- The Washington Times - Tuesday, June 29, 2004

I’ll never forget my first Fourth of July barbecue. It was 1973, and I was chef at La Tour in Indianapolis. We ate grilled burgers and hot dogs, of course, accompanied by a classic potato salad slathered in mayonnaise. The meal was delicious. But, especially with that potato salad, it was so heavy that I felt like going to sleep instead of watching fireworks.

Don’t misunderstand me. I love potato salad, both the familiar American kind and my favorite warm Austrian version with vinaigrette dressing. But I prefer to eat it when the weather is cold and you need good, solid, stomach-filling food to keep you warm.

So please let me suggest an alternative. It’s a perfect companion to the celebration, because it’s not only light and delicious but also because its all-American history actually predates the Pilgrims.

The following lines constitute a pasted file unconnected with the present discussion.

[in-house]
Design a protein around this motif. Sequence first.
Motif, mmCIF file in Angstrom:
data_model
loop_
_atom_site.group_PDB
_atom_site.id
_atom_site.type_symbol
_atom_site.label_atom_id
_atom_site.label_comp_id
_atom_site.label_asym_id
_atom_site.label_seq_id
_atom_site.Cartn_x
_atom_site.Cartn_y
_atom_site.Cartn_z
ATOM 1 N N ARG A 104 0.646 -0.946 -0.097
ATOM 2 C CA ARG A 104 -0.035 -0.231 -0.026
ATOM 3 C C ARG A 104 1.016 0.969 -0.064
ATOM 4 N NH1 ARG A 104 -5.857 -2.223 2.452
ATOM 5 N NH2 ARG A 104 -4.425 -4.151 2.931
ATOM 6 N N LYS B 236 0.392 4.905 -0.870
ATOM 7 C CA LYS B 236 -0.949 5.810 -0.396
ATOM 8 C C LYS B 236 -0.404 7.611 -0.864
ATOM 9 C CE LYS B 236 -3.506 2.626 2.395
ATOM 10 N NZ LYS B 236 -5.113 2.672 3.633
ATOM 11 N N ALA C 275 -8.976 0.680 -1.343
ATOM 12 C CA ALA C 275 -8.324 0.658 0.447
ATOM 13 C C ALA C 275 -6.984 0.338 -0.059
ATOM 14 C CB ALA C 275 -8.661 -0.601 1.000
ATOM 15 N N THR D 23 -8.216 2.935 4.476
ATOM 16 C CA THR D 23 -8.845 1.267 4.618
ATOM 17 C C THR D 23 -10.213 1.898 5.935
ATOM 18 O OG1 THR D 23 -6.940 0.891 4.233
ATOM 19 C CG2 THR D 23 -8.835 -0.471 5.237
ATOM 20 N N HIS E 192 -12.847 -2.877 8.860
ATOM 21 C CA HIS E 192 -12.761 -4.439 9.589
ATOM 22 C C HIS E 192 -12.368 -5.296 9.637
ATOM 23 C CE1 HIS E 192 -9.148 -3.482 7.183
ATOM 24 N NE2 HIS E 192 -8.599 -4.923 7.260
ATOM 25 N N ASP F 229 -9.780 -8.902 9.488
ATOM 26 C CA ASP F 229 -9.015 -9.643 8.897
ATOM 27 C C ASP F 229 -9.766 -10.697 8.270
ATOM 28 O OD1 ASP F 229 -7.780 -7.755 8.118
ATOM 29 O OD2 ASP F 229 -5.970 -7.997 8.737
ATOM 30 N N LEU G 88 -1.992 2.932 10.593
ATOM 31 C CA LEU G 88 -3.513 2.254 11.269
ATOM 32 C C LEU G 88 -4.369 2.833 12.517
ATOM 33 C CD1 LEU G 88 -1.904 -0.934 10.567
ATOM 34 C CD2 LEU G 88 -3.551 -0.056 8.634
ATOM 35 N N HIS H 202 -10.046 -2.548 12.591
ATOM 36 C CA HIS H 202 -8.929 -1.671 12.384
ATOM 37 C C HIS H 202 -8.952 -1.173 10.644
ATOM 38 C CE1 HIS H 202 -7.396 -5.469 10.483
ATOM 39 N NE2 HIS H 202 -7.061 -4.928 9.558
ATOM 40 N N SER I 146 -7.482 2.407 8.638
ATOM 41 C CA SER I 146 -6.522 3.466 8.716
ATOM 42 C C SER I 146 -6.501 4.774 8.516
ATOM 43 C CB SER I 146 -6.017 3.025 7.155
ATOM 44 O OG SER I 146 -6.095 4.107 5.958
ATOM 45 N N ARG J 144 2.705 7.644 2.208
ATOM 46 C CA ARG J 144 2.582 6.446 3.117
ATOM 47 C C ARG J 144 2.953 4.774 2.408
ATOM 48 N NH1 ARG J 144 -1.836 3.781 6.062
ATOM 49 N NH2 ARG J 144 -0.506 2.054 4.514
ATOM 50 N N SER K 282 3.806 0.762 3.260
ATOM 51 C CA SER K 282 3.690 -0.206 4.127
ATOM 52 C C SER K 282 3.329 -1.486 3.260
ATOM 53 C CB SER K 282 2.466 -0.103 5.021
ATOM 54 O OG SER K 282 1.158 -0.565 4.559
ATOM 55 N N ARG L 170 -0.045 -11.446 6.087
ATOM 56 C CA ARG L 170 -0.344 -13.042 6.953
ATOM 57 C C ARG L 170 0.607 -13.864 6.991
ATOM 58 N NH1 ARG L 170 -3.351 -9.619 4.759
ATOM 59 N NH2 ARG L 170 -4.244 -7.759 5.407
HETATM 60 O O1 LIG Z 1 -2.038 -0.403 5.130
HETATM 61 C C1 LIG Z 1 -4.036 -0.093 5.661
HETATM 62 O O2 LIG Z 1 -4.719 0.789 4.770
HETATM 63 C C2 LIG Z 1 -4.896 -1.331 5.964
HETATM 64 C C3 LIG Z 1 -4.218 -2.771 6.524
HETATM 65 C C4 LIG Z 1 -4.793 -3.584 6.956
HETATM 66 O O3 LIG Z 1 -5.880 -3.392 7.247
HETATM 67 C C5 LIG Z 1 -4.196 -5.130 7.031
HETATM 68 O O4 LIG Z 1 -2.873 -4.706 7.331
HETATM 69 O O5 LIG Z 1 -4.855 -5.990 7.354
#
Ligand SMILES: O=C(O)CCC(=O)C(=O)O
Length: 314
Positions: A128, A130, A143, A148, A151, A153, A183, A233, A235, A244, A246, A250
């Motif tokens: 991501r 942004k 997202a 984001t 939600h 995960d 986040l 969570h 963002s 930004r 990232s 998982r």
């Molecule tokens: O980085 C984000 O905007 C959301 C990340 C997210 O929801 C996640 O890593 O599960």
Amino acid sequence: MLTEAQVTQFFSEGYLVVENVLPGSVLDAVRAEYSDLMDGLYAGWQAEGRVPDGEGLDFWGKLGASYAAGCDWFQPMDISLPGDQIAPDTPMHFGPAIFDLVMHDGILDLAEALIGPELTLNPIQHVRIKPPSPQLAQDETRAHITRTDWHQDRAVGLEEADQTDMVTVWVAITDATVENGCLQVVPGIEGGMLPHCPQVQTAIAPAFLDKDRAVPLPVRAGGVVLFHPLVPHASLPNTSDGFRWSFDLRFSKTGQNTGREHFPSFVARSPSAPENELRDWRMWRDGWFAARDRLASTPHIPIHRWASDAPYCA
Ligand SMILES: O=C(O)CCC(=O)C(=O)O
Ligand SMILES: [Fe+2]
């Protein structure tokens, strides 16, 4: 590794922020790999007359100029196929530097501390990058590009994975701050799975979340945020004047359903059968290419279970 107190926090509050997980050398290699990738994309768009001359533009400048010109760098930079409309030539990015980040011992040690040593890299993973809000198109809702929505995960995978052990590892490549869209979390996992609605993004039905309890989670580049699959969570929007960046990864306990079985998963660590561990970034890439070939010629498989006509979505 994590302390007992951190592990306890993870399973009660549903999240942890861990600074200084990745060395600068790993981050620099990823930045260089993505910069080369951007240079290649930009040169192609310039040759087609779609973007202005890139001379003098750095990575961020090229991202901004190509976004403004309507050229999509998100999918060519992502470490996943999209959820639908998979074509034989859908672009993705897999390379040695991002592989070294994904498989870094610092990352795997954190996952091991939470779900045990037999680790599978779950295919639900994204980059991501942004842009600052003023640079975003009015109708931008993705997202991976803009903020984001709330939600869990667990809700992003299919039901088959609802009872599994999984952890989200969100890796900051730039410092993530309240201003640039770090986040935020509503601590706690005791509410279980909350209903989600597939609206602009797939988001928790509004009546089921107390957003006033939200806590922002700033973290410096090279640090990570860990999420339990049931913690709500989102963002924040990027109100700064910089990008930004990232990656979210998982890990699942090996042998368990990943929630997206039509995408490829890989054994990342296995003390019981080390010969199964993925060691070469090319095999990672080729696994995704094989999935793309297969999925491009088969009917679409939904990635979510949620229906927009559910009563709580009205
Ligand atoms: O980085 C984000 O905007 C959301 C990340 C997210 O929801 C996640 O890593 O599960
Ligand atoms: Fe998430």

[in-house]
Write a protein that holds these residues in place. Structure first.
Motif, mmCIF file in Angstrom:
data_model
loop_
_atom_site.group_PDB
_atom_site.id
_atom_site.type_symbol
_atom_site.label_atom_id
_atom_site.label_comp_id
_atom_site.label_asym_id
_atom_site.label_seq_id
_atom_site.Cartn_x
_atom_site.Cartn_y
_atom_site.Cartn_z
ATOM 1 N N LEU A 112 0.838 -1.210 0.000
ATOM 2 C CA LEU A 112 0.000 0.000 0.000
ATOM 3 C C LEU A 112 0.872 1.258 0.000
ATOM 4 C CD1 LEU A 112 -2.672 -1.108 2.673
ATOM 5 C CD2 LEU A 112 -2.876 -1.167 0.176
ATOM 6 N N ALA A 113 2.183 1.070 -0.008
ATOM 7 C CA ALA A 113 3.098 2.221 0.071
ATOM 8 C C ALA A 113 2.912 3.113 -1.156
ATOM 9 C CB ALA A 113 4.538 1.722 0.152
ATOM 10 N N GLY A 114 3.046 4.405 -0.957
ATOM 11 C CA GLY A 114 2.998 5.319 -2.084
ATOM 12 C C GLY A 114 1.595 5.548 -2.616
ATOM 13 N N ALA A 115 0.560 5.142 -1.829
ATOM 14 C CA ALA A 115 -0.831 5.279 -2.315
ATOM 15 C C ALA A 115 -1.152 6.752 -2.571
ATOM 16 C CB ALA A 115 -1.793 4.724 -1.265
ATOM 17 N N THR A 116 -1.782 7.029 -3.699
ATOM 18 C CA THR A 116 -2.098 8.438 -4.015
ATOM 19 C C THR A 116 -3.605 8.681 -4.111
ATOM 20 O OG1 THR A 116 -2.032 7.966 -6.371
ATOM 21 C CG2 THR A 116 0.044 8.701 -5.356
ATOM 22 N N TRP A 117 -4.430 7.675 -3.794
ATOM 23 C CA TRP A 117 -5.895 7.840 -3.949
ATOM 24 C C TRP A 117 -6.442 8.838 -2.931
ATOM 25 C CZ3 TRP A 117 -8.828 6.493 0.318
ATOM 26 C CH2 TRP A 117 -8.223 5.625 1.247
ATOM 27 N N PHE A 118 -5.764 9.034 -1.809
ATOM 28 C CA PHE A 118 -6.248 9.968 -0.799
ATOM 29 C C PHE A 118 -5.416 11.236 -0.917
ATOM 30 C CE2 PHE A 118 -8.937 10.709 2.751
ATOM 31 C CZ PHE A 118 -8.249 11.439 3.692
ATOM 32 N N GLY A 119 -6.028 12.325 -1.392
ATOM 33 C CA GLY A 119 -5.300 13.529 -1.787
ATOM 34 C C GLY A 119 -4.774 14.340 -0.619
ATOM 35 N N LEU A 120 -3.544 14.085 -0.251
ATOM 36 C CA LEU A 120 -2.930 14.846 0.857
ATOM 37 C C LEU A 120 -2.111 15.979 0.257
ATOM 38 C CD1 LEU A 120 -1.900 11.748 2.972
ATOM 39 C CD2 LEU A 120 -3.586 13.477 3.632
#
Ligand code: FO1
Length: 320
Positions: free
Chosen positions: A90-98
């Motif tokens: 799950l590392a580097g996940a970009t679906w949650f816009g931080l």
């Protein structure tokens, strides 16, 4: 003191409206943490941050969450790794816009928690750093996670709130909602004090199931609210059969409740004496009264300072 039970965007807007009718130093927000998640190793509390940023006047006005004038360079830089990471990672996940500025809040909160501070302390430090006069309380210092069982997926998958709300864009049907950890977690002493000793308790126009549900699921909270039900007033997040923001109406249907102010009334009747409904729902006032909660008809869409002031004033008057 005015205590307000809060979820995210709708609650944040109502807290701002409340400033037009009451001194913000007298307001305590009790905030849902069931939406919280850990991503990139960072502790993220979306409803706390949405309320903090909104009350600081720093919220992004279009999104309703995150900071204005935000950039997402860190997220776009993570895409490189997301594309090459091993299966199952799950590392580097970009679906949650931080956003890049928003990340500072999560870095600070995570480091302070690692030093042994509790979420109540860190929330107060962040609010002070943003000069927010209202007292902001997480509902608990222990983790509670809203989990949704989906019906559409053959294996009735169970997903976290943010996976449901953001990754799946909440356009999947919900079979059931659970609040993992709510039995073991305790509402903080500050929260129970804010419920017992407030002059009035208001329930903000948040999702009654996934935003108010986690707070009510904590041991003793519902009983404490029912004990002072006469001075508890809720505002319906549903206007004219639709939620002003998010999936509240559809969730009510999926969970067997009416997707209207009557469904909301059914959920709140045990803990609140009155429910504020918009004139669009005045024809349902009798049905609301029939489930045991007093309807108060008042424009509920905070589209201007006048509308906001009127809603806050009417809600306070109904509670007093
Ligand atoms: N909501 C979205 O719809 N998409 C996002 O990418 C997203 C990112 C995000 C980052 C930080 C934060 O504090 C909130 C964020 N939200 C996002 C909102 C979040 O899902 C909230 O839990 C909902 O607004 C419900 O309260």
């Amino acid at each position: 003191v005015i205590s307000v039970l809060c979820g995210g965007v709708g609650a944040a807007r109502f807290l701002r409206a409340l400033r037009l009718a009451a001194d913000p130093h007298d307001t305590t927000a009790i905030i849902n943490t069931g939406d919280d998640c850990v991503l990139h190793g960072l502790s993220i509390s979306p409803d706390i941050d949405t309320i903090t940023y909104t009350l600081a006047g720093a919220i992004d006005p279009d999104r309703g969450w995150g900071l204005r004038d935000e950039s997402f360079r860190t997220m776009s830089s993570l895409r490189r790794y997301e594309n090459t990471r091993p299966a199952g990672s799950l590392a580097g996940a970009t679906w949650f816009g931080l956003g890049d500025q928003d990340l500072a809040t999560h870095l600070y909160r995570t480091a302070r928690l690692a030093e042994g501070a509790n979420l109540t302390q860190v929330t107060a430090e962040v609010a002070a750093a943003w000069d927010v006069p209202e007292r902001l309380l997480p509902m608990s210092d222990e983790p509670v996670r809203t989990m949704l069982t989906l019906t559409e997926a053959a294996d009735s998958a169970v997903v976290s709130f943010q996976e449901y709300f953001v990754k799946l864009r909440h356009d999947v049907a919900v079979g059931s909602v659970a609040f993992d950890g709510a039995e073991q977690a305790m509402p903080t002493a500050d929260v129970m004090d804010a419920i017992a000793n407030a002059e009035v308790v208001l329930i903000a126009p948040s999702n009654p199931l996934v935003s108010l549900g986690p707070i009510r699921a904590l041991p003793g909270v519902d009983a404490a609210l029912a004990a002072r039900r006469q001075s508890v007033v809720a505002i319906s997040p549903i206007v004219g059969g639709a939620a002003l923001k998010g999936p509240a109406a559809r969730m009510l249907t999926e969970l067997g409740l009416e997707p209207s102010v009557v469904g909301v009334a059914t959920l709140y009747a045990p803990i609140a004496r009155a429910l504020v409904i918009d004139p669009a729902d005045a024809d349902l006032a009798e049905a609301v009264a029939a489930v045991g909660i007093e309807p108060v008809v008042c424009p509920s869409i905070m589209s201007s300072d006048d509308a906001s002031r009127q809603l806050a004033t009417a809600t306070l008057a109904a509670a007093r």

I’m talking about succotash. Based on a mixture of sweet corn and fresh shell beans, the dish takes its name from msikwatach, a Narragansett tribal word for boiled corn kernels. Add not only the essential lima beans or fava beans but also maybe some roasted red bell pepper, diced sun-ripened tomato and even diced zucchini, and you have the perfect, colorful, flavorful expression of summer’s bounty. It’s all about the best produce your market has to offer, with corn as the star.

Not being able to resist adding my own twists, I make succotash with kernels I cut from grilled corn on the cob. Grilling caramelizes some of the corn’s natural sugars, giving the dish even richer flavor. It’s so delicious and easy that I like to make extra. Besides serving it as a side dish, I’ll spoon it atop slices of Italian bread rubbed with garlic, brushed with olive oil, and toasted on the grill, to make fantastic bruschetta. Or I’ll replace the butter in the following recipe with olive oil and serve the succotash cold the next day as a salad, maybe topped with grilled chicken or steak.